Cutting down on screen time helps solve sleep problems

Image: freepick

If you are in the habit of going to bed with your smart phone and keeping yourself glued to the screen until sleep takes over, you are likely not to get up early and refreshed, the next morning. Studies have suggested that blue light emitting from electronic devices can adversely affect sleep time as well as quality. For, too much exposure to blue light impacts the brain’s clock adversely affecting the production of the sleep hormone melatonin. Hence, the feeling of fatigue, lack of concentration, and bad mood many of us experience during the day following a bad night sleep.

According to a new study, the findings of which were presented at the annual meeting of the European Society of Endocrinology (ECE 2019) in Lyon, France, more than four hours of screen time can delay the onset of sleep as well as wake up time by 30 minutes. And reducing the screen time can help reverse the sleep problems.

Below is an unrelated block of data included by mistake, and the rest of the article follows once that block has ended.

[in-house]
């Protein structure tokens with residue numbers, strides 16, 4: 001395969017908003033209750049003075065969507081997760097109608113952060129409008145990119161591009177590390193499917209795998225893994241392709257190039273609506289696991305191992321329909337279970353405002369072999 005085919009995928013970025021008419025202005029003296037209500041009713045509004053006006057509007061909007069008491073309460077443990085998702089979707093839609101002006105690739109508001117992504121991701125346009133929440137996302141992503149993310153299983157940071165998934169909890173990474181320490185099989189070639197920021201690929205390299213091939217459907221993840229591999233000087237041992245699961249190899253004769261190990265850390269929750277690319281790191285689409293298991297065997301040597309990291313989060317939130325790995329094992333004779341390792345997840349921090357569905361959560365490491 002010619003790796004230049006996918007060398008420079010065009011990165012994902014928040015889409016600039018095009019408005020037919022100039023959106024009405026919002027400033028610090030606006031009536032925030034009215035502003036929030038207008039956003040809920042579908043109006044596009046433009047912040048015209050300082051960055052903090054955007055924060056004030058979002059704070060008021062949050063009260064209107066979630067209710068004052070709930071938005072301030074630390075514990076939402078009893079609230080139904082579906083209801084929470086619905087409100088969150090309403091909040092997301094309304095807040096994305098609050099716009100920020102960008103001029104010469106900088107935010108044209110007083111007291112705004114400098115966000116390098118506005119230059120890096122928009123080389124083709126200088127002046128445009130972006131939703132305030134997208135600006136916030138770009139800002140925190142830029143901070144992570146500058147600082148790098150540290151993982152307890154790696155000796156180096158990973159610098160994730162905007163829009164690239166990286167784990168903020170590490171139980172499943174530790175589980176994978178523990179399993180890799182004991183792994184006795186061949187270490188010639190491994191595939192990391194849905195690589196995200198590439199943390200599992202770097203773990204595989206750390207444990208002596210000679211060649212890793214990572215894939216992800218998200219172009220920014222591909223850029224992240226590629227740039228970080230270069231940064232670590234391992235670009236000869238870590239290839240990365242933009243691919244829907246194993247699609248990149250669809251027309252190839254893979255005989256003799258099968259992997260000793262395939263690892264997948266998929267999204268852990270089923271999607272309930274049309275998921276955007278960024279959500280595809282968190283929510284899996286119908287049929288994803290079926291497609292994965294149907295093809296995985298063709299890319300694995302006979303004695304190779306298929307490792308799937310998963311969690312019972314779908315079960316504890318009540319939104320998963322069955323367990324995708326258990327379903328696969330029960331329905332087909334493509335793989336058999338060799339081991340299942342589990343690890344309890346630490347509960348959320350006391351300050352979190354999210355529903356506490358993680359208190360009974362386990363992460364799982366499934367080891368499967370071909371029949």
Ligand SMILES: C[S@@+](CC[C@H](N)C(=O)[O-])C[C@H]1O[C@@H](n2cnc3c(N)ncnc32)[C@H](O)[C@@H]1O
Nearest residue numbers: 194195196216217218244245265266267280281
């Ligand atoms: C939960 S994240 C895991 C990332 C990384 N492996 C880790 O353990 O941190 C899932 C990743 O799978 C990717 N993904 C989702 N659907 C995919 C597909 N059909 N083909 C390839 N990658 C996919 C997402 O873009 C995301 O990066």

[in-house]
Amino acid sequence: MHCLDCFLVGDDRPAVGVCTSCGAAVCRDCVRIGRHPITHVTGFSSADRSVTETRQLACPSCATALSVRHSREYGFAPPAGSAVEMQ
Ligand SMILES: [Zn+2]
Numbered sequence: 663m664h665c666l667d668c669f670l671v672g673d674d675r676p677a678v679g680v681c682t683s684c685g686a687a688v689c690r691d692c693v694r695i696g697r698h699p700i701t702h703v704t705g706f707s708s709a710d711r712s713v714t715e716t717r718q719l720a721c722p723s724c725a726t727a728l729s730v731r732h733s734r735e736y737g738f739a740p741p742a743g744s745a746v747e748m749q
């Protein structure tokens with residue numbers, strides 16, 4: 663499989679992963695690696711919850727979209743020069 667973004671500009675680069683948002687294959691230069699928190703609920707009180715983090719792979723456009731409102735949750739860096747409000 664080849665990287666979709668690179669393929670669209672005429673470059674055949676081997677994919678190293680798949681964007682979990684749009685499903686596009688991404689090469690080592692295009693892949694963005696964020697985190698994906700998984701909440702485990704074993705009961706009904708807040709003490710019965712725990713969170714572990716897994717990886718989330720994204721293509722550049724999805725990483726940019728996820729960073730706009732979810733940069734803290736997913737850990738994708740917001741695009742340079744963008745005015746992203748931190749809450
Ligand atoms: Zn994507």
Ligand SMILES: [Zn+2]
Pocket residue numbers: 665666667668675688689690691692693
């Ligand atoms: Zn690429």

The study involved a randomised controlled trial on a small group of smart phone users. Researchers examined the sleep patterns in participants vis-à-vis two measures – blocking blue light with glasses and abstinence from using screens during evening.

After a week it was found that both the measures resulted in early onset of sleep as well as wake up times by 20 minutes. There was also reduction in sleep loss in participants.

“Here we show very simply that these sleep complaints can be easily reversed by minimising evening screen use or exposure to blue light. Based on our data, it is likely that adolescent sleep complaints and delayed sleep onset are at least partly mediated by blue light from screens,” says study co-author Dirk Jan Stenvers from Amsterdam UMC hospital in the Netherlands.

The lack of sleep is also linked to serious health issues, including obesity, diabetes and heart ailments.

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